Here is the full list of nominees for these awards. We are delighted to see that another small, independent publisher, Dye Hard Press has three titles short-listed. Viva! Small publishers, viva!

Congratulations to all nominees and their publishers.

SOUTH AFRICAN LITERARY AWARDS 2014 NOMINEES

Poetry Award

Themba Patrick Magaisa, Mihloti ya Tingana (Xitsonga, published by TP Magaisa)
Khulile Nxumalo, Fhedzi (English, Dye Hard Press)
Kobus Moolman, Left Over (English, Dye Hard Press)
Thandi Sliepen, The Turtle Dove Told Me (English, Modjaji Books)


Nadine Gordimer Short Story Award

Gary Cummiskey, Off-ramp (English, Dye Hard Press)
Makhosazana Xaba, Running and Other Stories (English, Modjaji books)
Reneilwe Malatji, Love Interrupted (English, Modjaji Books)

Liesl Jobson, Ride the Tortoise (English, Jacana Media)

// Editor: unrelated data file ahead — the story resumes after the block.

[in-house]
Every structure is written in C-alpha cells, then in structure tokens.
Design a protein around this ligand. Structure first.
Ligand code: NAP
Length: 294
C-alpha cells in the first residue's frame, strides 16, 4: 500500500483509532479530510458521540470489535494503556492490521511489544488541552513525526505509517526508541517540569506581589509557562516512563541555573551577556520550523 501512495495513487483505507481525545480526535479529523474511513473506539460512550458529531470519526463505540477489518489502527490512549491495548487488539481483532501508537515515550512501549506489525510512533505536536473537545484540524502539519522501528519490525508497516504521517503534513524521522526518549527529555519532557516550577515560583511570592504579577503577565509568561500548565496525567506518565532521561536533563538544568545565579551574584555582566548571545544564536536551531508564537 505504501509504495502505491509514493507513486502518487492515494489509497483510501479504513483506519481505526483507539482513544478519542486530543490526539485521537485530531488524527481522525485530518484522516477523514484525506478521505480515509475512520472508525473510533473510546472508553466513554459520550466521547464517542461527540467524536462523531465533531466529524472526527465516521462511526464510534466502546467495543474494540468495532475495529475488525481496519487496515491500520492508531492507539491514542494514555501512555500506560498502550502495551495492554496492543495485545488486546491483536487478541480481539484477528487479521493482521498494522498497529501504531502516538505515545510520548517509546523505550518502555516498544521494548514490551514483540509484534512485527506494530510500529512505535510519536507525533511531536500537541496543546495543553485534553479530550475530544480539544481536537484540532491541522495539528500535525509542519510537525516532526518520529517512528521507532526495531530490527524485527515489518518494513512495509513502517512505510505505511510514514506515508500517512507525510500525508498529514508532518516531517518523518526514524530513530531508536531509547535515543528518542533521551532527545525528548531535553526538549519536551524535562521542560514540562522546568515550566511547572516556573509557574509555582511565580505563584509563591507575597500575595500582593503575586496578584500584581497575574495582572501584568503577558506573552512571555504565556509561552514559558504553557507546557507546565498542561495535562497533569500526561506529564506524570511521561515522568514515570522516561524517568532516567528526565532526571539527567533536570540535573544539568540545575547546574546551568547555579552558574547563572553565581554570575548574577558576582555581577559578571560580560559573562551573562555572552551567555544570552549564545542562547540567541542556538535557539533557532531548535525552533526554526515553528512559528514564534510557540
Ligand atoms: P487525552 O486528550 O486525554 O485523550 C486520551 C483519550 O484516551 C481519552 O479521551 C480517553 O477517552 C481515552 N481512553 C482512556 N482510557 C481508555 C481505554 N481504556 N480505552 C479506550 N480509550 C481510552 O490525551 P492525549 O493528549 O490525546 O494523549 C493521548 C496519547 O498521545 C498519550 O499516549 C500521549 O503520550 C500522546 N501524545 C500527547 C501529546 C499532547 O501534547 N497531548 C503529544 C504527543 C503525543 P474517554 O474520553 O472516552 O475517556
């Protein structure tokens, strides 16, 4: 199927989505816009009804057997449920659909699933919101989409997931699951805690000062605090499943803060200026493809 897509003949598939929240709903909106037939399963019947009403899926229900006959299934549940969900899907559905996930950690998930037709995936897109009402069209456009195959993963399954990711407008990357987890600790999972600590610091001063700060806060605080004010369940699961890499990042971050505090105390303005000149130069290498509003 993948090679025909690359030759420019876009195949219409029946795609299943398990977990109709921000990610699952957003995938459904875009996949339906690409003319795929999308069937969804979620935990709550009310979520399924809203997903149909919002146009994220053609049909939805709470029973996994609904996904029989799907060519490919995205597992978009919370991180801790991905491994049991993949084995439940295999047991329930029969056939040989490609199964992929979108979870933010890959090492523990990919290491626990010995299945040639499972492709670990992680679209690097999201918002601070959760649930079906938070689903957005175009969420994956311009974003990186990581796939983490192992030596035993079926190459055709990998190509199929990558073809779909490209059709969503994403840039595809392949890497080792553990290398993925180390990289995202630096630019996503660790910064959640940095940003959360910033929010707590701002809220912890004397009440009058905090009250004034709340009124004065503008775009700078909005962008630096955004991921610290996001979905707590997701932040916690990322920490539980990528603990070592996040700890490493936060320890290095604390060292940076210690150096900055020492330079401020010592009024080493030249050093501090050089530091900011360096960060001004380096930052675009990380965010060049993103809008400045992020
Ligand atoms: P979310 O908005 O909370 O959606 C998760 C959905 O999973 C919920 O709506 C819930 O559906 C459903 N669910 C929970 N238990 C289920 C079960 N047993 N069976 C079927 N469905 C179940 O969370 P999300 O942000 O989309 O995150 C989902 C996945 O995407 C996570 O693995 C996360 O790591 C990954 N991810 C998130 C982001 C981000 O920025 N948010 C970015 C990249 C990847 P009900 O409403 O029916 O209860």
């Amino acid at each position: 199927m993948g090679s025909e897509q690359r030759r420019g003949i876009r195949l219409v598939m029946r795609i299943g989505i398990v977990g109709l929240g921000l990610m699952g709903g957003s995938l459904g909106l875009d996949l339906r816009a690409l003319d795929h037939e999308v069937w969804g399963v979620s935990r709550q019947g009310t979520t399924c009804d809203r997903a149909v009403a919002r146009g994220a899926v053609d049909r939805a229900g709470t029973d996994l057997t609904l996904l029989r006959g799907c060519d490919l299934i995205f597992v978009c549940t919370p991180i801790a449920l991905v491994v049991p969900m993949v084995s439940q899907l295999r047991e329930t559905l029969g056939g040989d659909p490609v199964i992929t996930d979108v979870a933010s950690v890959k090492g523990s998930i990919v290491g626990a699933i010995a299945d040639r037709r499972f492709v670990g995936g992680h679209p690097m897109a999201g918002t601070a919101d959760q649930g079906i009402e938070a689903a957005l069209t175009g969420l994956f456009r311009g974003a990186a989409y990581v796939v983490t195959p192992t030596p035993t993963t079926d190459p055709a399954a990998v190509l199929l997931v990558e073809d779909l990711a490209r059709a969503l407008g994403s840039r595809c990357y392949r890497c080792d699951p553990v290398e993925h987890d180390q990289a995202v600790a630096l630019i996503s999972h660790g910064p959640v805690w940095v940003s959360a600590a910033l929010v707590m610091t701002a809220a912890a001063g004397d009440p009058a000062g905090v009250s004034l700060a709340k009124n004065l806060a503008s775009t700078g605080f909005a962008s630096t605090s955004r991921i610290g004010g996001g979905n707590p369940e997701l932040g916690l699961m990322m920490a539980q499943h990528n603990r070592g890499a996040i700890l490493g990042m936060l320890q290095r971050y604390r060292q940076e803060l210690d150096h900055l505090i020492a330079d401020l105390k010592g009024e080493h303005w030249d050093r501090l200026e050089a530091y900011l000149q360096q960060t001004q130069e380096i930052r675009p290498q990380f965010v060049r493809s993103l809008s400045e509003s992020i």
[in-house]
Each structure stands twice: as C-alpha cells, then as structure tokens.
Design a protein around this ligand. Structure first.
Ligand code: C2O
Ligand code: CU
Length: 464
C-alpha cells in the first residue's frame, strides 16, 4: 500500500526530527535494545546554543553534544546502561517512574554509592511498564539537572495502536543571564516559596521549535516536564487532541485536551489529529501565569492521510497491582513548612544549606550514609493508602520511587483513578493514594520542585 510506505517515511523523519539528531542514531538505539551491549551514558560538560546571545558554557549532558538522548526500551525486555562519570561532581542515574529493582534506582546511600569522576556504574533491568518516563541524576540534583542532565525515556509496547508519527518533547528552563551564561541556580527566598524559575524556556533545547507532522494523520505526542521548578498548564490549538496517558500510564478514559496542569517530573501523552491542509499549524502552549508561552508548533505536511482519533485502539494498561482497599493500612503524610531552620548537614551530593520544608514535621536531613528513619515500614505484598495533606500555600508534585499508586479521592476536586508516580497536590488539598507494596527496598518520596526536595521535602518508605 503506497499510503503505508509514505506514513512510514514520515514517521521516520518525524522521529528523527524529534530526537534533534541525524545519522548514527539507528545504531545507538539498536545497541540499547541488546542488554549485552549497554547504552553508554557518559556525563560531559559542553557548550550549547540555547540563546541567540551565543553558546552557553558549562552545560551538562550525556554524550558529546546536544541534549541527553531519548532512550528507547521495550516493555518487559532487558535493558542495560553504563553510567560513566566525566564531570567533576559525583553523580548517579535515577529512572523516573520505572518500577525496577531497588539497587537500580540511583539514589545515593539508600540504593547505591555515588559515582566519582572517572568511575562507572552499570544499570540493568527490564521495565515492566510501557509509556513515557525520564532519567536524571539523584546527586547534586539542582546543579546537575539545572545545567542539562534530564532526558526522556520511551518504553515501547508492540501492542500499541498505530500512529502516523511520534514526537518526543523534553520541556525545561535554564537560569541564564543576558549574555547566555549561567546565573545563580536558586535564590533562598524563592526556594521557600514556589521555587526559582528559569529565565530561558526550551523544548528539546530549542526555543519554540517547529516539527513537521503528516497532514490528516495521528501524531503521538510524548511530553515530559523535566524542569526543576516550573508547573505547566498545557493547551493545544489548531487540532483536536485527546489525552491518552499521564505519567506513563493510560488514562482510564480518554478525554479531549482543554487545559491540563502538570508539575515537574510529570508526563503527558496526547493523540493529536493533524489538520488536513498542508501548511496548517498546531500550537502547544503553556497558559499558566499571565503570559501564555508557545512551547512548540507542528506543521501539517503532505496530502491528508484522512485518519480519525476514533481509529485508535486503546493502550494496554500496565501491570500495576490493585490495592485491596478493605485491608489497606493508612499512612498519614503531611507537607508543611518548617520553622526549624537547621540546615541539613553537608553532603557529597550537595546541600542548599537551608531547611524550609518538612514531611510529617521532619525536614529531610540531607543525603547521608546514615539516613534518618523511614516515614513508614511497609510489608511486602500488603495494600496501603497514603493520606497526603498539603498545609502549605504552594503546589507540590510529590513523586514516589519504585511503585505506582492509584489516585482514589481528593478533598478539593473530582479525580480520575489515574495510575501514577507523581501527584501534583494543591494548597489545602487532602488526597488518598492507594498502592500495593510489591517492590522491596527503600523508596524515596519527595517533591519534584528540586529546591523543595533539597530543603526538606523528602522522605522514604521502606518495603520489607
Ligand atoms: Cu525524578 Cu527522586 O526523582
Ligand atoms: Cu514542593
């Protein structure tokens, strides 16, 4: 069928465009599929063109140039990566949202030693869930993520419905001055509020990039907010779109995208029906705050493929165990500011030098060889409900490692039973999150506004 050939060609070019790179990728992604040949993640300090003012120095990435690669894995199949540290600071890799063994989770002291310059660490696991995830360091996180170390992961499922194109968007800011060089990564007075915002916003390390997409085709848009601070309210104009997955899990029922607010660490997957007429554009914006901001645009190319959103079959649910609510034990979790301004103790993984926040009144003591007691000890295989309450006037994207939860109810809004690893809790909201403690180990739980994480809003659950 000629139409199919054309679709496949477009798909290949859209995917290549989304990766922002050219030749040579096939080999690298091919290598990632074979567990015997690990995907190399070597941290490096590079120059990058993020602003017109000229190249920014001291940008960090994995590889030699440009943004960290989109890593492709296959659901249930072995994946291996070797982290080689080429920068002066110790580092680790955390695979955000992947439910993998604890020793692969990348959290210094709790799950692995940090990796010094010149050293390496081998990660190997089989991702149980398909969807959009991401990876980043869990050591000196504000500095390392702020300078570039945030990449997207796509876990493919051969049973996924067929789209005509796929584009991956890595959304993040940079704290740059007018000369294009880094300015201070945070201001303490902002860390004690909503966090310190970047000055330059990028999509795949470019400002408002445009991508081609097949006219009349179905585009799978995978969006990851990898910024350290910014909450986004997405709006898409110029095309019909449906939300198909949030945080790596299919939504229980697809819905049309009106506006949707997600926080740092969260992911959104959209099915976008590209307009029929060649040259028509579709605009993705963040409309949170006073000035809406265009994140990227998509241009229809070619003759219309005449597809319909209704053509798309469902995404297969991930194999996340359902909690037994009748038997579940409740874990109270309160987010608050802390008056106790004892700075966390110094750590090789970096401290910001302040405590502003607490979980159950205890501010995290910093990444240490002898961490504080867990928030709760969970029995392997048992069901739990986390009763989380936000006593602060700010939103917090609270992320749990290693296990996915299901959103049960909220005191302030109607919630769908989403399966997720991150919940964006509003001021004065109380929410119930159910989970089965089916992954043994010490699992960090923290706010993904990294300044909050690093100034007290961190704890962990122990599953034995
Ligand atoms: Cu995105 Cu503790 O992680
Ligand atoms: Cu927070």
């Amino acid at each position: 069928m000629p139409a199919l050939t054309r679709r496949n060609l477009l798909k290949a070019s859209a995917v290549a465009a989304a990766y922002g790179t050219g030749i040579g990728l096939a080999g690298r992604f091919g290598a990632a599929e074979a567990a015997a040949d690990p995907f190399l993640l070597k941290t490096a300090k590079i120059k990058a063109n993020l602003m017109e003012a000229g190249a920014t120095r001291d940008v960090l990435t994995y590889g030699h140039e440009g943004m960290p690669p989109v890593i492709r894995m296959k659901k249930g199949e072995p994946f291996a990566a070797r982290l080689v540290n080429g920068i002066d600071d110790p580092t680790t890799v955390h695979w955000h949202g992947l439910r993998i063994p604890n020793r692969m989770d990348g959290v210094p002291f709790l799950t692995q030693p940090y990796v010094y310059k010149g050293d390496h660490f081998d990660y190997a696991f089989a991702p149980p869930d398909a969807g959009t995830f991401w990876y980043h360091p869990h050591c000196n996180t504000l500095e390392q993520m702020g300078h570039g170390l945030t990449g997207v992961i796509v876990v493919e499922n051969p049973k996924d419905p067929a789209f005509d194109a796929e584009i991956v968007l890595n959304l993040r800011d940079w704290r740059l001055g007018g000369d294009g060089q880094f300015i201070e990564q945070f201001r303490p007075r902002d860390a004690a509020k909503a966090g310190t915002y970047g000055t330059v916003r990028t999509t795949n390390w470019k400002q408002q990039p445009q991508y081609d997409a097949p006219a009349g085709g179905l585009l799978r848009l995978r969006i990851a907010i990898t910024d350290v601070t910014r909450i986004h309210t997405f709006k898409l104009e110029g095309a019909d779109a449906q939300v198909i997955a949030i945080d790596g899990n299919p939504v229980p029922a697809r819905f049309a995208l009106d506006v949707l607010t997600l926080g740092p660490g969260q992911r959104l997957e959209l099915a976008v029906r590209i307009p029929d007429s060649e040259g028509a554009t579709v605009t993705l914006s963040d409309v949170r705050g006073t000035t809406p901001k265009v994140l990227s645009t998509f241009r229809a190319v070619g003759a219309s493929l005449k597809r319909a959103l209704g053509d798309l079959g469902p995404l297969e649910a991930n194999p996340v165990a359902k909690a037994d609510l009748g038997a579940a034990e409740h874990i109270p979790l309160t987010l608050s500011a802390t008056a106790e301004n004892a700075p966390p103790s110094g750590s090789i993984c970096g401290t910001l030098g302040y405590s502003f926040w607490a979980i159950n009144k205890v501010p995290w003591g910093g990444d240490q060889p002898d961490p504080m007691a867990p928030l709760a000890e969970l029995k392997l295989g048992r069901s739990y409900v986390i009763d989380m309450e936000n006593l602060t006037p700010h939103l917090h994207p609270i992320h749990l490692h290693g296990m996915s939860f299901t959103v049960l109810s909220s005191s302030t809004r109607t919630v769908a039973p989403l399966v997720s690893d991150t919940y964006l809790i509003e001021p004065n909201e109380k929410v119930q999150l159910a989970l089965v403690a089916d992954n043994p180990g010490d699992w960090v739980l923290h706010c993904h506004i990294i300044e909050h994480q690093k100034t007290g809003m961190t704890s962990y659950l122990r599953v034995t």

K Sello Duiker Memorial Literary Award (For Young Writers)

Marli Roode, Call it Dog (English, Penguin Books)
Jason Staggie, Risk (English, Umuzi Publishers)
Jamala Safari, The Great Agony and Pure laughter of the Gods (English, Umuzi Publishing)

Creative Non-Fiction Award

Sihle Khumalo, Almost Sleeping My Way to Timbuktu (English, Umuzi Publishers)
Toni Strasburg, Fractured Lives (English, Modjaji Books)

First-time Published Author Award

Claire Robertson, The Spiral House (English, Umuzi Publishers)
Carol-Ann Davids, The Blacks of Cape Town (English, Modjaji Books)
James Siddall, Dystopia (English, Jacana Media)

Lifetime Achievement Literary Award

Nuruddin Farah
Njabulo Ndebele

Literary Translators Award

Nhlanhla Maake, Malefane (Sesotho/English, Ekaam Books)

The Blacks of Cape Town

Book details

Love Interrupted

The Turtle Dove Told Me

Running

Fractured Lives